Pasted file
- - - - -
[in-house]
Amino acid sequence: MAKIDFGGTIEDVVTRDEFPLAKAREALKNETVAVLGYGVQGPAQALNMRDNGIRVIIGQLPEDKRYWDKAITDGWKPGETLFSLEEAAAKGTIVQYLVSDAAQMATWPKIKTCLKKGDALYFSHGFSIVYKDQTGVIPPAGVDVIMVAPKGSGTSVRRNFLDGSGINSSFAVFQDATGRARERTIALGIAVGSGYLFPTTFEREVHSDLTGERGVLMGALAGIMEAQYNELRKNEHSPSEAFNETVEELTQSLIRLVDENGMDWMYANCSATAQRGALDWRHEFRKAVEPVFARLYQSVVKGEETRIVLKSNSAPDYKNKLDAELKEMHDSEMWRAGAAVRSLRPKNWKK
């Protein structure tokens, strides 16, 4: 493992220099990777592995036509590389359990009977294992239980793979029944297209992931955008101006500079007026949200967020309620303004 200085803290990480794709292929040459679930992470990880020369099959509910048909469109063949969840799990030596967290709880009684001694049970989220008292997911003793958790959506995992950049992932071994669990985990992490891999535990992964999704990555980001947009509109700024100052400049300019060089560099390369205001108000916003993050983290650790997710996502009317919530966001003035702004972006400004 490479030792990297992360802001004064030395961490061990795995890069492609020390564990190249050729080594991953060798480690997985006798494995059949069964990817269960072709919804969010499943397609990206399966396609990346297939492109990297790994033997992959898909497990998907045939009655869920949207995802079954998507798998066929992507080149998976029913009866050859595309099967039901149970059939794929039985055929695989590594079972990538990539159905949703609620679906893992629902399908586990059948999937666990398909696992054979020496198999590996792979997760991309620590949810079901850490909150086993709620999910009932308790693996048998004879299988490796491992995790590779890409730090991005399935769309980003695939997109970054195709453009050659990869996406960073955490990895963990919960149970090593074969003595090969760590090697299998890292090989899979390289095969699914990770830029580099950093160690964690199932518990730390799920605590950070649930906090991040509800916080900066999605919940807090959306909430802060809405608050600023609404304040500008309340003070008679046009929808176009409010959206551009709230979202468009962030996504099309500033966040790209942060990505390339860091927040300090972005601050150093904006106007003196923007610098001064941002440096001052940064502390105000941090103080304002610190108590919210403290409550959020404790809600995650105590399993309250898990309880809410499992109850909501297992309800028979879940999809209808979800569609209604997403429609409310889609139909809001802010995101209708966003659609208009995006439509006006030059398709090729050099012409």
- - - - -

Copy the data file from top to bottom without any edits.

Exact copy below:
[in-house]
Amino acid sequence: MAKIDFGGTIEDVVTRDEFPLAKAREALKNETVAVLGYGVQGPAQALNMRDNGIRVIIGQLPEDKRYWDKAITDGWKPGETLFSLEEAAAKGTIVQYLVSDAAQMATWPKIKTCLKKGDALYFSHGFSIVYKDQTGVIPPAGVDVIMVAPKGSGTSVRRNFLDGSGINSSFAVFQDATGRARERTIALGIAVGSGYLFPTTFEREVHSDLTGERGVLMGALAGIMEAQYNELRKNEHSPSEAFNETVEELTQSLIRLVDENGMDWMYANCSATAQRGALDWRHEFRKAVEPVFARLYQSVVKGEETRIVLKSNSAPDYKNKLDAELKEMHDSEMWRAGAAVRSLRPKNWKK
């Protein structure tokens, strides 16, 4: 493992220099990777592995036509590389359990009977294992239980793979029944297209992931955008101006500079007026949200967020309620303004 200085803290990480794709292929040459679930992470990880020369099959509910048909469109063949969840799990030596967290709880009684001694049970989220008292997911003793958790959506995992950049992932071994669990985990992490891999535990992964999704990555980001947009509109700024100052400049300019060089560099390369205001108000916003993050983290650790997710996502009317919530966001003035702004972006400004 490479030792990297992360802001004064030395961490061990795995890069492609020390564990190249050729080594991953060798480690997985006798494995059949069964990817269960072709919804969010499943397609990206399966396609990346297939492109990297790994033997992959898909497990998907045939009655869920949207995802079954998507798998066929992507080149998976029913009866050859595309099967039901149970059939794929039985055929695989590594079972990538990539159905949703609620679906893992629902399908586990059948999937666990398909696992054979020496198999590996792979997760991309620590949810079901850490909150086993709620999910009932308790693996048998004879299988490796491992995790590779890409730090991005399935769309980003695939997109970054195709453009050659990869996406960073955490990895963990919960149970090593074969003595090969760590090697299998890292090989899979390289095969699914990770830029580099950093160690964690199932518990730390799920605590950070649930906090991040509800916080900066999605919940807090959306909430802060809405608050600023609404304040500008309340003070008679046009929808176009409010959206551009709230979202468009962030996504099309500033966040790209942060990505390339860091927040300090972005601050150093904006106007003196923007610098001064941002440096001052940064502390105000941090103080304002610190108590919210403290409550959020404790809600995650105590399993309250898990309880809410499992109850909501297992309800028979879940999809209808979800569609209604997403429609409310889609139909809001802010995101209708966003659609208009995006439509006006030059398709090729050099012409």